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Report: Wrong kind of resin helped Monte Carlo fire spread

Updated Friday, Aug. 29, 2008 | 2:53 p.m.

Monte Carlo Fire

The charred upper floors of the Monte Carlo show where a fire broke out Friday, Jan. 25, 2008. Launch slideshow »

An analysis of materials involved in a fire on the outside of the Monte Carlo Hotel & Casino revealed the use of a non-approved resin in two areas helped spread the blaze, Clark County officials said today.

The Jan. 25 fire started when molten metal fell on the roof as workers used a hand-held torch to cut some metal, fire investigators said.

As a result of the county's analysis, MGM Mirage Corp., parent company of the hotel, is required to hire a Nevada-registered fire protection engineer to recommend a remedy to the issues raised in the analysis, said Ron Lynn, the county's development services director.

Tests on the foam used in the façade indicated it was fire retardant, as required, Lynn said.

The wrong kind of resin was used on two of the decorative bands near the top of the hotel and caused the fire to spread faster than expected in that area, Lynn said.

Fire retardant materials used in construction, fire suppression systems inside the building and rapid response by Clark County firefighters contained the blaze, Lynn said.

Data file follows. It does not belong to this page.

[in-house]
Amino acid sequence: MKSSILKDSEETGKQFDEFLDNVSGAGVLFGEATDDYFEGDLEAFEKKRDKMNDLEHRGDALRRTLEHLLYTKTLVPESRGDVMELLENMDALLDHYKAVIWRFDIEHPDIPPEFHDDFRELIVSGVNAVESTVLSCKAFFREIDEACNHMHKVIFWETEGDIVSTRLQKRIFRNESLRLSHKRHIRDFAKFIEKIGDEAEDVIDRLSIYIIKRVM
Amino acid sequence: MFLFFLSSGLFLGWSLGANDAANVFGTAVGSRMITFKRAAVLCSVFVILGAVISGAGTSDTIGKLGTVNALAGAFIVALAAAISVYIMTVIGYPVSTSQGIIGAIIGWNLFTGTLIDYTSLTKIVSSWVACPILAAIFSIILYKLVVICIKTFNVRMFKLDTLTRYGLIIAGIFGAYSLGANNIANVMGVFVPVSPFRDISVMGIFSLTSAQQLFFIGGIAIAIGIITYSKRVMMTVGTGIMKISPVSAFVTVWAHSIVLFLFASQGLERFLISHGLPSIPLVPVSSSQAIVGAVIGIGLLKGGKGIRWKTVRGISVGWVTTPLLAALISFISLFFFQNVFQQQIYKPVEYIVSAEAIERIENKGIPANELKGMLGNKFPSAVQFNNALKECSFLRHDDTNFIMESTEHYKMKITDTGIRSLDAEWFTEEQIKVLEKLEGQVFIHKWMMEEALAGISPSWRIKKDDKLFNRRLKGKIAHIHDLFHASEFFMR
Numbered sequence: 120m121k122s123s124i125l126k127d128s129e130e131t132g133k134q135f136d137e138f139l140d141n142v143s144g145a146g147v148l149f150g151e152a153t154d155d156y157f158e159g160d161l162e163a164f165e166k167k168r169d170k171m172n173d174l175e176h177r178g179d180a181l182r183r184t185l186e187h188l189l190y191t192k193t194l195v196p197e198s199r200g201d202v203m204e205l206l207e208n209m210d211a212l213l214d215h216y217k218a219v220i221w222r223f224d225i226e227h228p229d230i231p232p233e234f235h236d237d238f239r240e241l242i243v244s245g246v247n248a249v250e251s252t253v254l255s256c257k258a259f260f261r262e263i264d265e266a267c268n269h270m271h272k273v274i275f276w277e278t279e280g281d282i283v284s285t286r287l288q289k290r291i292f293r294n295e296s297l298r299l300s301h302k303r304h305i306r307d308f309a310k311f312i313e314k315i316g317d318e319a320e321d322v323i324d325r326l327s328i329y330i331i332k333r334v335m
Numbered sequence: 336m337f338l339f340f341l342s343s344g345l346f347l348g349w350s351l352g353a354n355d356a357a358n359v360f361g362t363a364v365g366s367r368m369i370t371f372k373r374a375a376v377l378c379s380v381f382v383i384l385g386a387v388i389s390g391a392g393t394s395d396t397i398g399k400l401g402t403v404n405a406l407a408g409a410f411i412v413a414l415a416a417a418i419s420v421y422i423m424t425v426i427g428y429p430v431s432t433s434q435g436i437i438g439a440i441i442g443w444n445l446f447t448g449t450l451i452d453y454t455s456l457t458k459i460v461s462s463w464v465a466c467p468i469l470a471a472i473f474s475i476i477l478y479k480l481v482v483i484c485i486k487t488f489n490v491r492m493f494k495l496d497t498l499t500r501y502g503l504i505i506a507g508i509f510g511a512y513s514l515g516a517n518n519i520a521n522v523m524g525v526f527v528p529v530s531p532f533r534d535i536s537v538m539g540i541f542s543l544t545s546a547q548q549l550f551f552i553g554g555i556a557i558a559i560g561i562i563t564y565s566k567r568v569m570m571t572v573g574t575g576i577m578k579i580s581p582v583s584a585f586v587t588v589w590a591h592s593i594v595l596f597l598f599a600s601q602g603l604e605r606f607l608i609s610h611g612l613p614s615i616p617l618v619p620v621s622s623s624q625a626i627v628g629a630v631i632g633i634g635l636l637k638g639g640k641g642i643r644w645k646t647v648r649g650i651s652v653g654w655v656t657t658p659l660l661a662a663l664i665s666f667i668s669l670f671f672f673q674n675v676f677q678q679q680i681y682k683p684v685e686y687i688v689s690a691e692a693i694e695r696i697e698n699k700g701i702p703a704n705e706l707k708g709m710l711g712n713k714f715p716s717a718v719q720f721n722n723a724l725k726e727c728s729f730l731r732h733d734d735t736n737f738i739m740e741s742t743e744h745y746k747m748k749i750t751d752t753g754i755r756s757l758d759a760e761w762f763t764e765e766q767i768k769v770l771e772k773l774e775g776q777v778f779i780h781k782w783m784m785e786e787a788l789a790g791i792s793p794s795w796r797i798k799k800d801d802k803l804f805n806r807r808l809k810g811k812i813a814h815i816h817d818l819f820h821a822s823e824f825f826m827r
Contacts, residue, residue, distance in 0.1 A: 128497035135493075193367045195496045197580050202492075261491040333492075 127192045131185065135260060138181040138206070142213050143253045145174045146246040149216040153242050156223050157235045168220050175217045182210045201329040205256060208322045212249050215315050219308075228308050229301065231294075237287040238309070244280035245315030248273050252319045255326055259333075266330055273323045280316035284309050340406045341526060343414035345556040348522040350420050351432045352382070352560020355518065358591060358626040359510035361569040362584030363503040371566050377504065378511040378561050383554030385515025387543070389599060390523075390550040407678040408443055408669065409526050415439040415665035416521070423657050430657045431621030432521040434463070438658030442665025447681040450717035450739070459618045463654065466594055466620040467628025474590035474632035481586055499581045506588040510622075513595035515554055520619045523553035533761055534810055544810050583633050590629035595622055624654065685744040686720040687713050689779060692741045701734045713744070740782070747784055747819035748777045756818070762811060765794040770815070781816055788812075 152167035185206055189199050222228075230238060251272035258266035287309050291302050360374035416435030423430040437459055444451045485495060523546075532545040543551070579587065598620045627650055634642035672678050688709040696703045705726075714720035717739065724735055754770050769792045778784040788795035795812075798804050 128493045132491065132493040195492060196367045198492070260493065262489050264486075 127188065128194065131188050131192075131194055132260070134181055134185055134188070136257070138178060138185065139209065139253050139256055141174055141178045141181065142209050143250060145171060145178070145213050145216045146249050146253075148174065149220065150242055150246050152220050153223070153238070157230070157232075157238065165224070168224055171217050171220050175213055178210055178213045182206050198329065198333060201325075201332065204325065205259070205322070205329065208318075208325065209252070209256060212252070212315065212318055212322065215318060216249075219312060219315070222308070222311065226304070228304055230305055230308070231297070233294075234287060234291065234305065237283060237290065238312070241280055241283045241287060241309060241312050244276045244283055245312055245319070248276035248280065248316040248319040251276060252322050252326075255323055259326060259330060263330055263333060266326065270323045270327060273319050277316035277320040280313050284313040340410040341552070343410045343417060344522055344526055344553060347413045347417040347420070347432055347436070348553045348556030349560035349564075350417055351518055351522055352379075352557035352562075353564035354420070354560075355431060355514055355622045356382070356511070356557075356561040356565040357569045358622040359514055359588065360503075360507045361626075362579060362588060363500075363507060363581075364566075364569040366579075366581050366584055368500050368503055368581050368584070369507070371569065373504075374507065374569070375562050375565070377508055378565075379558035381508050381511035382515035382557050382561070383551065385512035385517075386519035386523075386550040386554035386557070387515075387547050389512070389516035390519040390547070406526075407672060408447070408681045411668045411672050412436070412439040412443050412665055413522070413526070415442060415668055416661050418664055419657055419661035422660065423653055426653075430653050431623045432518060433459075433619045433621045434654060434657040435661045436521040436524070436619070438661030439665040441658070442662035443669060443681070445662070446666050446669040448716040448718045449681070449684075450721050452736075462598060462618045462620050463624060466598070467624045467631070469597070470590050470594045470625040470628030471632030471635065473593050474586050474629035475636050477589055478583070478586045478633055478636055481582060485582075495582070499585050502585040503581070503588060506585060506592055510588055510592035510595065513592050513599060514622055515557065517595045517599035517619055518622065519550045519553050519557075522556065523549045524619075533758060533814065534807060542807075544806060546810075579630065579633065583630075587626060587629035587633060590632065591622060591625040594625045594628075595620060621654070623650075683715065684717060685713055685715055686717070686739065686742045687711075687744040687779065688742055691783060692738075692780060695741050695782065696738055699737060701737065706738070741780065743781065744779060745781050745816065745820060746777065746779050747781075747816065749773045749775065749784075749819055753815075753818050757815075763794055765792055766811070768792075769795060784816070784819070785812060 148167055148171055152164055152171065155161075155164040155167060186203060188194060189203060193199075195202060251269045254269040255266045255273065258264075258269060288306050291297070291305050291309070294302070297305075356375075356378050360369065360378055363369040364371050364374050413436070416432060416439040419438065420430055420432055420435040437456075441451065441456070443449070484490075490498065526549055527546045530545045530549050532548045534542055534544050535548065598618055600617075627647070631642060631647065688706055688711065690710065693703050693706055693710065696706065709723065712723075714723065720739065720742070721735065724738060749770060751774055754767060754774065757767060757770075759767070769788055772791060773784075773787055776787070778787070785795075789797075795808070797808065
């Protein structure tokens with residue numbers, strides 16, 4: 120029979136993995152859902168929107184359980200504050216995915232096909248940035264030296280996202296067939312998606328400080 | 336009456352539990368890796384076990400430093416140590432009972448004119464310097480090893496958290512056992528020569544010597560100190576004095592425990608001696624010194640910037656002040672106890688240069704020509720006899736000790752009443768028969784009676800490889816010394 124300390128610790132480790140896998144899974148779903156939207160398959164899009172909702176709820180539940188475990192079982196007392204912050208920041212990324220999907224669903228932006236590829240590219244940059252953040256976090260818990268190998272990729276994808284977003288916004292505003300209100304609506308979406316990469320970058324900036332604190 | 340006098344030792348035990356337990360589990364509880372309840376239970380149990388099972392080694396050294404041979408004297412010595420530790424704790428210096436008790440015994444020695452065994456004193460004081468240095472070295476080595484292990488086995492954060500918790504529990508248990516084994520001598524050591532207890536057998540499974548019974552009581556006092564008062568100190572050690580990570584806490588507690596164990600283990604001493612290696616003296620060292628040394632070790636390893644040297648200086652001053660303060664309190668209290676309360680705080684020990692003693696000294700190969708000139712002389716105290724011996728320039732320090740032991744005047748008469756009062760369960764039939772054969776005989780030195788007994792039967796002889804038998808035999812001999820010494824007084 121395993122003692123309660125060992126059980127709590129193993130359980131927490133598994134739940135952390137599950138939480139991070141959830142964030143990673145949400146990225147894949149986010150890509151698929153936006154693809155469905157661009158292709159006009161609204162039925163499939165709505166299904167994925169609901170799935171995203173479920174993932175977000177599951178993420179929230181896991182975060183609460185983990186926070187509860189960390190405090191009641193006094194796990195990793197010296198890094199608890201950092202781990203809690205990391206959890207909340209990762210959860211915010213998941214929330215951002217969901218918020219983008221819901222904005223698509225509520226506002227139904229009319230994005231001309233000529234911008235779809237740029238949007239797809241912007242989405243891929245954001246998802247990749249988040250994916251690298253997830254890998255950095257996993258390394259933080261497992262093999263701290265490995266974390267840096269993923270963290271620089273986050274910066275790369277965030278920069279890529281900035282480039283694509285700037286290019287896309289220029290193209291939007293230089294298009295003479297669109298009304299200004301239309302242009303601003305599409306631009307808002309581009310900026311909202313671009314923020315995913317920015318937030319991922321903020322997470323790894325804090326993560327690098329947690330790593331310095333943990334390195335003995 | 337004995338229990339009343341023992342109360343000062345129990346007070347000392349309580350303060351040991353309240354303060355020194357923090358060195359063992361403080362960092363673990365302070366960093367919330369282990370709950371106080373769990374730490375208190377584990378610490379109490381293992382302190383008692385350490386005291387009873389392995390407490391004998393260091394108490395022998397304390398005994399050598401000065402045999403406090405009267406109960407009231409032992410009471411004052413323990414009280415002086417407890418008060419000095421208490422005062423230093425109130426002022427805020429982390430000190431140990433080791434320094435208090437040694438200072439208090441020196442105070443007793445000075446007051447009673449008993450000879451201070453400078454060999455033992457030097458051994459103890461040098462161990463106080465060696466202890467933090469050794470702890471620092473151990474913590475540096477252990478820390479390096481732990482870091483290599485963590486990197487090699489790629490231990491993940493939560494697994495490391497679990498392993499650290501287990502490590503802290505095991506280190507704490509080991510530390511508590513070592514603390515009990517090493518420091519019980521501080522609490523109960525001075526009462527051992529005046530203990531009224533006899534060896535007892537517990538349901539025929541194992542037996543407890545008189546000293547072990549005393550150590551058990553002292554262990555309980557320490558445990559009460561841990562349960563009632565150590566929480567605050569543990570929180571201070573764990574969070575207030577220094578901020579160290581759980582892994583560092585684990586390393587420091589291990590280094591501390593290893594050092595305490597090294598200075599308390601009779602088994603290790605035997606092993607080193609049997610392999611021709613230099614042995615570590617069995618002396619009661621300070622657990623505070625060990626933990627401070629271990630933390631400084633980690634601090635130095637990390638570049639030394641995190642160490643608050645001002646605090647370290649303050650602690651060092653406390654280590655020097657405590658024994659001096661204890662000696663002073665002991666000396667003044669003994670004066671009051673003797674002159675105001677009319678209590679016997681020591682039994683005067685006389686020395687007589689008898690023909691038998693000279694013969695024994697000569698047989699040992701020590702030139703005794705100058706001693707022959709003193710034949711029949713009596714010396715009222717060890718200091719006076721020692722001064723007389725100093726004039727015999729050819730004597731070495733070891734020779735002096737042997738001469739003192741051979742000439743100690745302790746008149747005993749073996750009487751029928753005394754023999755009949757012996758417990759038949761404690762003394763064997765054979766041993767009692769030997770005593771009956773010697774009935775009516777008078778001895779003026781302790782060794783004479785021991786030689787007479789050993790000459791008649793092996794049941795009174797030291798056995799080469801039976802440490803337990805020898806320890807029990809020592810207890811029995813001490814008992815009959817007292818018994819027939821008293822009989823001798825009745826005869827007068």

There were no serious injuries and fire damage was mostly limited to a small part of the exterior of the hotel, Lynn said.

The report, prepared by Hughes & Associates, was based on tests and analysis by MVA Scientific Consultants.

The lamina in some areas, the report said, is about one to two millimeters thinner than it should be and some decorative elements do not have lamina encasing the foam, the analysis said.

Parts of the exterior do not meet manufacturer's guidelines, as required by code, the report said. While those issues might affect the durability of the exterior materials, they didn't contribute to the fire's spread.

In a statement, Gordon Absher, spokesman for MGM Mirage Corp., said company officials are looking into the report's findings.

"Per the county's direction we will engage a certified analyst to further examine the materials in question. We will submit any recommendations to the county to discuss mitigation, if necessary. The Monte Carlo was built 16 years ago by a previous owner, so we may be able to take advantage of new construction techniques that were unavailable in 1992," according to the statement.

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